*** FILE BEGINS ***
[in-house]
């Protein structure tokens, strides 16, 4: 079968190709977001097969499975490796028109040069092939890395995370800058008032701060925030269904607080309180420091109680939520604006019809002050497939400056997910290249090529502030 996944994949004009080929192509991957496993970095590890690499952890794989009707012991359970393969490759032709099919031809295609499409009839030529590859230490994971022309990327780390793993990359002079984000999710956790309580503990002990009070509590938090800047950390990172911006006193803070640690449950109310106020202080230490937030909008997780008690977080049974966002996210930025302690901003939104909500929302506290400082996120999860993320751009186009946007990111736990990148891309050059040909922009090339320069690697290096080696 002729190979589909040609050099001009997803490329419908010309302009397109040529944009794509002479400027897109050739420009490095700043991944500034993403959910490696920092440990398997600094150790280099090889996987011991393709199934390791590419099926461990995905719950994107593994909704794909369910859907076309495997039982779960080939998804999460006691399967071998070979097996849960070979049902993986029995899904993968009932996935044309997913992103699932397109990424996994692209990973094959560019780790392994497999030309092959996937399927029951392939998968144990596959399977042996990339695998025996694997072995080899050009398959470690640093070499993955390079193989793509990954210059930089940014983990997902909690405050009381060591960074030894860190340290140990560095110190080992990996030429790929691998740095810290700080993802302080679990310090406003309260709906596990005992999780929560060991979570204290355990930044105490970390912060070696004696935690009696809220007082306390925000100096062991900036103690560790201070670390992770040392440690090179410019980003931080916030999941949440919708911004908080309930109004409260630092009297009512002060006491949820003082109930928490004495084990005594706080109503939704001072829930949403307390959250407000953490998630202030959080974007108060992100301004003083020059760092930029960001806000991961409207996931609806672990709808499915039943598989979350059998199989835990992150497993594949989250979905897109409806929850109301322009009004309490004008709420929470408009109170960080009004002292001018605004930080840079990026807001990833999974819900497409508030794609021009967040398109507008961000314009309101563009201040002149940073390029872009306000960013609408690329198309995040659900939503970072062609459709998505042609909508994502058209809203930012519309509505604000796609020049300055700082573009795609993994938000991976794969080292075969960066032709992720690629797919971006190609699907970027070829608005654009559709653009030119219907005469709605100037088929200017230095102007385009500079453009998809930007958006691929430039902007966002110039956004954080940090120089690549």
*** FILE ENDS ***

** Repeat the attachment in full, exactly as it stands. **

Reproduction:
[in-house]
């Protein structure tokens, strides 16, 4: 079968190709977001097969499975490796028109040069092939890395995370800058008032701060925030269904607080309180420091109680939520604006019809002050497939400056997910290249090529502030 996944994949004009080929192509991957496993970095590890690499952890794989009707012991359970393969490759032709099919031809295609499409009839030529590859230490994971022309990327780390793993990359002079984000999710956790309580503990002990009070509590938090800047950390990172911006006193803070640690449950109310106020202080230490937030909008997780008690977080049974966002996210930025302690901003939104909500929302506290400082996120999860993320751009186009946007990111736990990148891309050059040909922009090339320069690697290096080696 002729190979589909040609050099001009997803490329419908010309302009397109040529944009794509002479400027897109050739420009490095700043991944500034993403959910490696920092440990398997600094150790280099090889996987011991393709199934390791590419099926461990995905719950994107593994909704794909369910859907076309495997039982779960080939998804999460006691399967071998070979097996849960070979049902993986029995899904993968009932996935044309997913992103699932397109990424996994692209990973094959560019780790392994497999030309092959996937399927029951392939998968144990596959399977042996990339695998025996694997072995080899050009398959470690640093070499993955390079193989793509990954210059930089940014983990997902909690405050009381060591960074030894860190340290140990560095110190080992990996030429790929691998740095810290700080993802302080679990310090406003309260709906596990005992999780929560060991979570204290355990930044105490970390912060070696004696935690009696809220007082306390925000100096062991900036103690560790201070670390992770040392440690090179410019980003931080916030999941949440919708911004908080309930109004409260630092009297009512002060006491949820003082109930928490004495084990005594706080109503939704001072829930949403307390959250407000953490998630202030959080974007108060992100301004003083020059760092930029960001806000991961409207996931609806672990709808499915039943598989979350059998199989835990992150497993594949989250979905897109409806929850109301322009009004309490004008709420929470408009109170960080009004002292001018605004930080840079990026807001990833999974819900497409508030794609021009967040398109507008961000314009309101563009201040002149940073390029872009306000960013609408690329198309995040659900939503970072062609459709998505042609909508994502058209809203930012519309509505604000796609020049300055700082573009795609993994938000991976794969080292075969960066032709992720690629797919971006190609699907970027070829608005654009559709653009030119219907005469709605100037088929200017230095102007385009500079453009998809930007958006691929430039902007966002110039956004954080940090120089690549």